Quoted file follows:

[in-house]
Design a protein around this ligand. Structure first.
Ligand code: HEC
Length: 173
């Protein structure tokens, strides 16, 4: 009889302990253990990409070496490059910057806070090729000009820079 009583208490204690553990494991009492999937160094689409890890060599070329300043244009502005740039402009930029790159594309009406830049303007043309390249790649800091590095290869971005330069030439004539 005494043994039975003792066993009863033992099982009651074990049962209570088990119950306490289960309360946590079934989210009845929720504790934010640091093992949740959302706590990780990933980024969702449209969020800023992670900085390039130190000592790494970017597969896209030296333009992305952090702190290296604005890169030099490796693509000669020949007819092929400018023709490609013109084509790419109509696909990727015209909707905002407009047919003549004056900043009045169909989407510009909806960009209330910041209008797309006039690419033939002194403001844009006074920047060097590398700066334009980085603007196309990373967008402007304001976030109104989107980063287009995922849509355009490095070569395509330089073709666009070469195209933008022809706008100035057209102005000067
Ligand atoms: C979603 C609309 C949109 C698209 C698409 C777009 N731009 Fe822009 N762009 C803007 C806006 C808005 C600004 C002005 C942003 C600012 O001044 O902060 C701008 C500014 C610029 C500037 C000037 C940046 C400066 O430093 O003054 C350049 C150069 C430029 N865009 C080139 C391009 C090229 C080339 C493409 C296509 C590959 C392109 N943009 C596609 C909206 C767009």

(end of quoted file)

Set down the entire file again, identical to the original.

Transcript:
[in-house]
Design a protein around this ligand. Structure first.
Ligand code: HEC
Length: 173
């Protein structure tokens, strides 16, 4: 009889302990253990990409070496490059910057806070090729000009820079 009583208490204690553990494991009492999937160094689409890890060599070329300043244009502005740039402009930029790159594309009406830049303007043309390249790649800091590095290869971005330069030439004539 005494043994039975003792066993009863033992099982009651074990049962209570088990119950306490289960309360946590079934989210009845929720504790934010640091093992949740959302706590990780990933980024969702449209969020800023992670900085390039130190000592790494970017597969896209030296333009992305952090702190290296604005890169030099490796693509000669020949007819092929400018023709490609013109084509790419109509696909990727015209909707905002407009047919003549004056900043009045169909989407510009909806960009209330910041209008797309006039690419033939002194403001844009006074920047060097590398700066334009980085603007196309990373967008402007304001976030109104989107980063287009995922849509355009490095070569395509330089073709666009070469195209933008022809706008100035057209102005000067
Ligand atoms: C979603 C609309 C949109 C698209 C698409 C777009 N731009 Fe822009 N762009 C803007 C806006 C808005 C600004 C002005 C942003 C600012 O001044 O902060 C701008 C500014 C610029 C500037 C000037 C940046 C400066 O430093 O003054 C350049 C150069 C430029 N865009 C080139 C391009 C090229 C080339 C493409 C296509 C590959 C392109 N943009 C596609 C909206 C767009």